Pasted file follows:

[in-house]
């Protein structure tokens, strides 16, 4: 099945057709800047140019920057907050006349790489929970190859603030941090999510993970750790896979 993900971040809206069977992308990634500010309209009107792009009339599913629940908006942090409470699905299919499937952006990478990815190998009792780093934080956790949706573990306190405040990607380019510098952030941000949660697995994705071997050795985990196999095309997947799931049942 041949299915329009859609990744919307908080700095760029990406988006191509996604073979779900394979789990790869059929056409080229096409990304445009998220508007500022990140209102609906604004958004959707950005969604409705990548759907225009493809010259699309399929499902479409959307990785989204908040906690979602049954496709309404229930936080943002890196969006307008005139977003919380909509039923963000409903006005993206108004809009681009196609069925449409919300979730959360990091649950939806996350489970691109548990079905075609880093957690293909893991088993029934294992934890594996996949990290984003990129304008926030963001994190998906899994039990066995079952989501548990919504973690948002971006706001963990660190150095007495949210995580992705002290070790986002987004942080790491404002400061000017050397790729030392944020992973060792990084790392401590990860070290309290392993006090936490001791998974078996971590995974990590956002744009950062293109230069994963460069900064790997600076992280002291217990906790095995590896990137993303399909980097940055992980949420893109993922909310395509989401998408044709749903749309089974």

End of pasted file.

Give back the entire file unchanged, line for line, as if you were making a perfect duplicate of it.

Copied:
[in-house]
């Protein structure tokens, strides 16, 4: 099945057709800047140019920057907050006349790489929970190859603030941090999510993970750790896979 993900971040809206069977992308990634500010309209009107792009009339599913629940908006942090409470699905299919499937952006990478990815190998009792780093934080956790949706573990306190405040990607380019510098952030941000949660697995994705071997050795985990196999095309997947799931049942 041949299915329009859609990744919307908080700095760029990406988006191509996604073979779900394979789990790869059929056409080229096409990304445009998220508007500022990140209102609906604004958004959707950005969604409705990548759907225009493809010259699309399929499902479409959307990785989204908040906690979602049954496709309404229930936080943002890196969006307008005139977003919380909509039923963000409903006005993206108004809009681009196609069925449409919300979730959360990091649950939806996350489970691109548990079905075609880093957690293909893991088993029934294992934890594996996949990290984003990129304008926030963001994190998906899994039990066995079952989501548990919504973690948002971006706001963990660190150095007495949210995580992705002290070790986002987004942080790491404002400061000017050397790729030392944020992973060792990084790392401590990860070290309290392993006090936490001791998974078996971590995974990590956002744009950062293109230069994963460069900064790997600076992280002291217990906790095995590896990137993303399909980097940055992980949420893109993922909310395509989401998408044709749903749309089974």